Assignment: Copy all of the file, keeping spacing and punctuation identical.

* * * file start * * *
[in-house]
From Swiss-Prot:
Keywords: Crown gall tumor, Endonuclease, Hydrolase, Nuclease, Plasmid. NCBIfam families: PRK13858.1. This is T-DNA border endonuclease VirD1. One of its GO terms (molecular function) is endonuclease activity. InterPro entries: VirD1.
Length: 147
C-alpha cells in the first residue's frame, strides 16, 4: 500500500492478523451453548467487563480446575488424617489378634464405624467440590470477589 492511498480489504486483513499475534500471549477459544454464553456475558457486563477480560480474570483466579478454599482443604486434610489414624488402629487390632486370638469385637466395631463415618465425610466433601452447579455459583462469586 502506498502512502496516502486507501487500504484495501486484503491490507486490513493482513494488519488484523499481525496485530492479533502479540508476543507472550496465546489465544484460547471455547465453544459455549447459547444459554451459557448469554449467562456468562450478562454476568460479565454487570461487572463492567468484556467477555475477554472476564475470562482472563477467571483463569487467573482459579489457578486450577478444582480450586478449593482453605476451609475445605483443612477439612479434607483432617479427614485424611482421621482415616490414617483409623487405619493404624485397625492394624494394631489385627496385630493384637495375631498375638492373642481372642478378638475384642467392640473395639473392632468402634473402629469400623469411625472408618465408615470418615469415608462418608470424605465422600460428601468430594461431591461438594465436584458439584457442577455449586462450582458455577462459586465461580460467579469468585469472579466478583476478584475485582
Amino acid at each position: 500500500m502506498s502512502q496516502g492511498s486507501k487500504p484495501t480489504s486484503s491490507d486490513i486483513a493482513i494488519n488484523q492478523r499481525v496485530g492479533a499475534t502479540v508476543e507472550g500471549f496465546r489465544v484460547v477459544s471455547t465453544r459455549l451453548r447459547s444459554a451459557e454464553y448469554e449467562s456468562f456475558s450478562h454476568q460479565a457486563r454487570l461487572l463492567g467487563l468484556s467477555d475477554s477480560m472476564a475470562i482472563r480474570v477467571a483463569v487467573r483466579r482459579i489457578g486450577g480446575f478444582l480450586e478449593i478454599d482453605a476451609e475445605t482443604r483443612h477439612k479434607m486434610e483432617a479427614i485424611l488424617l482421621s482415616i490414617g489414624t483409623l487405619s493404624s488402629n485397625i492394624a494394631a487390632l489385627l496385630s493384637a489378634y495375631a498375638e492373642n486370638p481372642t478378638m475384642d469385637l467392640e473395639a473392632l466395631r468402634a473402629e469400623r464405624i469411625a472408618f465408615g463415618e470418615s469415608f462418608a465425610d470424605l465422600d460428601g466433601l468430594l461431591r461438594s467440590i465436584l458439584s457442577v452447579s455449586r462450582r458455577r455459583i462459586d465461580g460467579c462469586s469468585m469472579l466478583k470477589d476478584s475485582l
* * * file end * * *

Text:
[in-house]
From Swiss-Prot:
Keywords: Crown gall tumor, Endonuclease, Hydrolase, Nuclease, Plasmid. NCBIfam families: PRK13858.1. This is T-DNA border endonuclease VirD1. One of its GO terms (molecular function) is endonuclease activity. InterPro entries: VirD1.
Length: 147
C-alpha cells in the first residue's frame, strides 16, 4: 500500500492478523451453548467487563480446575488424617489378634464405624467440590470477589 492511498480489504486483513499475534500471549477459544454464553456475558457486563477480560480474570483466579478454599482443604486434610489414624488402629487390632486370638469385637466395631463415618465425610466433601452447579455459583462469586 502506498502512502496516502486507501487500504484495501486484503491490507486490513493482513494488519488484523499481525496485530492479533502479540508476543507472550496465546489465544484460547471455547465453544459455549447459547444459554451459557448469554449467562456468562450478562454476568460479565454487570461487572463492567468484556467477555475477554472476564475470562482472563477467571483463569487467573482459579489457578486450577478444582480450586478449593482453605476451609475445605483443612477439612479434607483432617479427614485424611482421621482415616490414617483409623487405619493404624485397625492394624494394631489385627496385630493384637495375631498375638492373642481372642478378638475384642467392640473395639473392632468402634473402629469400623469411625472408618465408615470418615469415608462418608470424605465422600460428601468430594461431591461438594465436584458439584457442577455449586462450582458455577462459586465461580460467579469468585469472579466478583476478584475485582
Amino acid at each position: 500500500m502506498s502512502q496516502g492511498s486507501k487500504p484495501t480489504s486484503s491490507d486490513i486483513a493482513i494488519n488484523q492478523r499481525v496485530g492479533a499475534t502479540v508476543e507472550g500471549f496465546r489465544v484460547v477459544s471455547t465453544r459455549l451453548r447459547s444459554a451459557e454464553y448469554e449467562s456468562f456475558s450478562h454476568q460479565a457486563r454487570l461487572l463492567g467487563l468484556s467477555d475477554s477480560m472476564a475470562i482472563r480474570v477467571a483463569v487467573r483466579r482459579i489457578g486450577g480446575f478444582l480450586e478449593i478454599d482453605a476451609e475445605t482443604r483443612h477439612k479434607m486434610e483432617a479427614i485424611l488424617l482421621s482415616i490414617g489414624t483409623l487405619s493404624s488402629n485397625i492394624a494394631a487390632l489385627l496385630s493384637a489378634y495375631a498375638e492373642n486370638p481372642t478378638m475384642d469385637l467392640e473395639a473392632l466395631r468402634a473402629e469400623r464405624i469411625a472408618f465408615g463415618e470418615s469415608f462418608a465425610d470424605l465422600d460428601g466433601l468430594l461431591r461438594s467440590i465436584l458439584s457442577v452447579s455449586r462450582r458455577r455459583i462459586d465461580g460467579c462469586s469468585m469472579l466478583k470477589d476478584s475485582l